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David Cameron promotes a switch to "green" energy sources
High-powered personal computers and other electronics under close scrutiny for the UK's carbon dioxide crunch

The United Kingdom has a problem. Although it signed the Kyoto Protocol proposed by the United Nations, it -- like every other nation country which did -- has been wholly unable to meet treaty commitments, and has actually been increasing CO2 emissions faster than the non-signatories like the United States.

Embarrassing ... but what to do about it? Pass more laws, of course.

To that end, a new plan is recommending sweeping new changes to force residents to reduce electricity consumption. Tops on the list? A ban on new sales of plasma televisions. Surprisingly enough, the plan comes not from the Labour or Liberal Democratic parties, but from a group organized by Conservative Party Leader David Cameron.

While plasma TVs are especially singled out, the plan also targets all items that use over an arbitrary level of electricity, including high-performance personal computers and some household appliances. Additionally, the report recommends banning the "standby" functionality on consumer electronics, which allows them to be quickly turned on by remote control. Some 2% of the island nation's electric usage is thought to be due to standby equipment power draws.

British Prime Minister Gordon Brown has already announced his ambition to eliminate the stand-by function on all appliances sold in the country, claiming it was part of British responsibility to "protect the environment."

Critics of the plan claim it will simply create a "grey market", where those with money will continue to be able to purchase banned items at higher prices.  But former Environment Secretary and plan chairman John Gummer says, "The imperative of global warming demands that we change [our approach] utterly - not just governments, but businesses, groups and individuals."

Even with the plan implemented, the United Kingdom is not expected to meet Kyoto Protocol commitments.  No word yet on what next will hit the ban list.

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RE: Ban the Beef!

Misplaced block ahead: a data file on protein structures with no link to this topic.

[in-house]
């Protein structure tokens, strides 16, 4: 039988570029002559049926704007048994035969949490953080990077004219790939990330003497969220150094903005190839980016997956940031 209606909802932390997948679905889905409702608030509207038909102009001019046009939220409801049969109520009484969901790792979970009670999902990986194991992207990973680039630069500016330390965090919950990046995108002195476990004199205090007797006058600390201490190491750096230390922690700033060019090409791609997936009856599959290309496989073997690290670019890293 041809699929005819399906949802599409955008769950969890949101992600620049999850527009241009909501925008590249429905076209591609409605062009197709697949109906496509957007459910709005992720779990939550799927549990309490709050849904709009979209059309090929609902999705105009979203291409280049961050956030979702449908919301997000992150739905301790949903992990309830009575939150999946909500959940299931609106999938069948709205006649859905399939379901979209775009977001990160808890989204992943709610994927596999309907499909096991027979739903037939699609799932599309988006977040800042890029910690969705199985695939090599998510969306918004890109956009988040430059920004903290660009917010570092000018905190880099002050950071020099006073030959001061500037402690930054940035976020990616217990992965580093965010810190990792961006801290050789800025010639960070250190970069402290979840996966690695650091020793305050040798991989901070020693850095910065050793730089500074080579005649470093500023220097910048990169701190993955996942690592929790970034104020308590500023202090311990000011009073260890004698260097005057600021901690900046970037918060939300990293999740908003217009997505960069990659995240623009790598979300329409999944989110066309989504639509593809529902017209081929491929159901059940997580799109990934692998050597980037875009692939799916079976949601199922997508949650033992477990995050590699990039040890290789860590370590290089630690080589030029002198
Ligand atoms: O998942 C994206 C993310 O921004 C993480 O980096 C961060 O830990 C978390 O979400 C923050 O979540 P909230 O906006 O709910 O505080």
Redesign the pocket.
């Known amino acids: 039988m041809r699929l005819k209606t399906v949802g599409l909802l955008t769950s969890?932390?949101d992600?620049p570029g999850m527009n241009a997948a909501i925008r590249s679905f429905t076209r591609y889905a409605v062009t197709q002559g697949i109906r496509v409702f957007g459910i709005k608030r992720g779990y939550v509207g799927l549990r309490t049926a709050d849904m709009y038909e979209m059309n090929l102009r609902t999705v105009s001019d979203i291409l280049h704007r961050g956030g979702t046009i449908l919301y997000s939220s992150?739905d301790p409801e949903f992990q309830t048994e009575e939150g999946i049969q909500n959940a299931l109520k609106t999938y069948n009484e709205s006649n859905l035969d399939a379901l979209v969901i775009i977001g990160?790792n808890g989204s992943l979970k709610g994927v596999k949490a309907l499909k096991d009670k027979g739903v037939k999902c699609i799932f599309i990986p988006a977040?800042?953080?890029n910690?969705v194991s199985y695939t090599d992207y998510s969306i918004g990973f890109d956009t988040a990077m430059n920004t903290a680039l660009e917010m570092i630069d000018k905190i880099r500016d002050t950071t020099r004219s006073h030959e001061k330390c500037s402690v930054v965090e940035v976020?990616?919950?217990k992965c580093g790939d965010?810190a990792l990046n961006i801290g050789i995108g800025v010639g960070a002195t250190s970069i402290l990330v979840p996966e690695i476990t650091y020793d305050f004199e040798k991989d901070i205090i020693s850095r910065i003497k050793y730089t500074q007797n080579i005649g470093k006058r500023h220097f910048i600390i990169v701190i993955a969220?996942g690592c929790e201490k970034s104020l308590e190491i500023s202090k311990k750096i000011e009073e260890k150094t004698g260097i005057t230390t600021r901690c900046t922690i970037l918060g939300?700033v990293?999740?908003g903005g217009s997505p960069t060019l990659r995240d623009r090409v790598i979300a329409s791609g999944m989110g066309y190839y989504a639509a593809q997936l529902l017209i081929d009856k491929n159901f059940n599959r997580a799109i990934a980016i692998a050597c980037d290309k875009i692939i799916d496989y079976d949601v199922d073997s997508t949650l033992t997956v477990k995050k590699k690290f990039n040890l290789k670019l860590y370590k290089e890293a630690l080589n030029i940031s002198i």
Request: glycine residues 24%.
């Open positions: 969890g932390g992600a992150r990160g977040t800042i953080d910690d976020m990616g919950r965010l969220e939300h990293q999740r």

By PlasmaBomb on 9/10/2007 2:40:09 PM , Rating: 2
I propose an English beef ban to combat global warming.

It actually makes a lot more sense.

How so? *hands spade*

RE: Ban the Beef!
By JasonMick on 9/10/2007 3:19:35 PM , Rating: 2
A beef cow produces far more carbon pollution in its lifetime than the production of electricity to power a big screen tv, over the same time span.

This was noted in Michael Asher's quote sometimes put as the article quote here at dailytech.

Dairy may be slightly better, simply from the standpoint that you can get thousands of gallons of milk from a healthy cow over its lifetime. However, again it is a significant problem.

I was being fascious when suggesting a ban, though because as I noted banning something simply leads to black markets and crime.

However, I would think that raising public awareness on this fact and working to cut the per capita intake via public awareness campaigns and cutting back on the cattle farming subsidies would be good steps.

RE: Ban the Beef!
By zinfamous on 9/10/2007 3:54:49 PM , Rating: 2

but to expand on your point here, most people don't consider what kind of physical space is required to raise one head of cattle, from birth to slaughter...let alone several thousand of them. (And I'm not a vegetarian; I love the hell out of meat). While the "solutions" are costly and difficult--cutting production exponentially, raising costs for farmers and consumers--the impact on global warming that banning certain types of meat production is far greater than banning high-end electronics would be.

To that end, I say we pick on McDonald's: Ban the clown and reclaim some 20% of the Brazillian rain forests :)

(and watch our rate of heart disease plummet over the next 50 years...a welcome side-effect)

RE: Ban the Beef!
By Christopher1 on 9/11/2007 10:49:37 PM , Rating: 2
Actually, that won't do anything. Johns Hopkins Hospital recently did a study on people who ate fast food regularly, and were astounded by the results (I know of them, because I took part in the study).

They found out that people eating McDonald's regularly had LESS of a chance of heart disease than people who didn't eat at McDonald's regularly.
Really, heart disease does not come from what you eat. Most people with heart disease have genetic factors that make their arteries clog up faster or more than other people's do, and changing their diet will do little or nothing to change their risk of that.

RE: Ban the Beef!
By ted61 on 9/10/2007 5:27:26 PM , Rating: 1
You just have to love anyone who cites masher2 as a source.

RE: Ban the Beef!
By KristopherKubicki on 9/10/2007 6:06:45 PM , Rating: 3
RE: Ban the Beef!
By TomZ on 9/10/2007 6:09:35 PM , Rating: 2
I think that's a great quote, myself.

RE: Ban the Beef!
By ted61 on 9/11/2007 10:15:15 AM , Rating: 2
There is nothing wrong with citing Masher. His articles are the best.

I have no doubt that Masher can back up everything he writes with a valid reference.

"If a man really wants to make a million dollars, the best way would be to start his own religion." -- Scientology founder L. Ron. Hubbard

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